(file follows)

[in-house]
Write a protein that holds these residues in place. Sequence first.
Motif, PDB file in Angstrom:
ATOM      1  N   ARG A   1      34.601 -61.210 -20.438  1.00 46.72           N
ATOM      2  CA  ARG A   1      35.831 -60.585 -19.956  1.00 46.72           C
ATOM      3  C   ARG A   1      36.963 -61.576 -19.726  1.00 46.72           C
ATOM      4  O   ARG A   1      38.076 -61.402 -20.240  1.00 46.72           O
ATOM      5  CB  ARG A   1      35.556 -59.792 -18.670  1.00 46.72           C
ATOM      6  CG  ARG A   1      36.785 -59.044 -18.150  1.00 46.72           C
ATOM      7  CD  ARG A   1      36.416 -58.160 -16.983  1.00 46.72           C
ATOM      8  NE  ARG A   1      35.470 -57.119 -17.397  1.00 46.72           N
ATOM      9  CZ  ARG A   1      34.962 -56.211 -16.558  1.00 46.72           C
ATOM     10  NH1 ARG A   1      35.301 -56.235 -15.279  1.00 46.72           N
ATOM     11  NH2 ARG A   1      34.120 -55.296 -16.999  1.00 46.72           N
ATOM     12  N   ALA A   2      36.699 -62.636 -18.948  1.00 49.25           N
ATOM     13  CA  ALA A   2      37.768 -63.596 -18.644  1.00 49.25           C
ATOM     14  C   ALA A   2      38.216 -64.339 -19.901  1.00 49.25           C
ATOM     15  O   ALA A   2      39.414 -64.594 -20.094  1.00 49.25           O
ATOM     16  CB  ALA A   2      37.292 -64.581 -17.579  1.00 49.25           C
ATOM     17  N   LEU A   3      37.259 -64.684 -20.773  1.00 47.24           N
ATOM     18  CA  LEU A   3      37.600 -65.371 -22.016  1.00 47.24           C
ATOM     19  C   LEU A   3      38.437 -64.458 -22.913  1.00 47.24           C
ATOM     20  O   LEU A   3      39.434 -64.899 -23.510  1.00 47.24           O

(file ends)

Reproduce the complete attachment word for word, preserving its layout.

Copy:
[in-house]
Write a protein that holds these residues in place. Sequence first.
Motif, PDB file in Angstrom:
ATOM      1  N   ARG A   1      34.601 -61.210 -20.438  1.00 46.72           N
ATOM      2  CA  ARG A   1      35.831 -60.585 -19.956  1.00 46.72           C
ATOM      3  C   ARG A   1      36.963 -61.576 -19.726  1.00 46.72           C
ATOM      4  O   ARG A   1      38.076 -61.402 -20.240  1.00 46.72           O
ATOM      5  CB  ARG A   1      35.556 -59.792 -18.670  1.00 46.72           C
ATOM      6  CG  ARG A   1      36.785 -59.044 -18.150  1.00 46.72           C
ATOM      7  CD  ARG A   1      36.416 -58.160 -16.983  1.00 46.72           C
ATOM      8  NE  ARG A   1      35.470 -57.119 -17.397  1.00 46.72           N
ATOM      9  CZ  ARG A   1      34.962 -56.211 -16.558  1.00 46.72           C
ATOM     10  NH1 ARG A   1      35.301 -56.235 -15.279  1.00 46.72           N
ATOM     11  NH2 ARG A   1      34.120 -55.296 -16.999  1.00 46.72           N
ATOM     12  N   ALA A   2      36.699 -62.636 -18.948  1.00 49.25           N
ATOM     13  CA  ALA A   2      37.768 -63.596 -18.644  1.00 49.25           C
ATOM     14  C   ALA A   2      38.216 -64.339 -19.901  1.00 49.25           C
ATOM     15  O   ALA A   2      39.414 -64.594 -20.094  1.00 49.25           O
ATOM     16  CB  ALA A   2      37.292 -64.581 -17.579  1.00 49.25           C
ATOM     17  N   LEU A   3      37.259 -64.684 -20.773  1.00 47.24           N
ATOM     18  CA  LEU A   3      37.600 -65.371 -22.016  1.00 47.24           C
ATOM     19  C   LEU A   3      38.437 -64.458 -22.913  1.00 47.24           C
ATOM     20  O   LEU A   3      39.434 -64.899 -23.510  1.00 47.24           O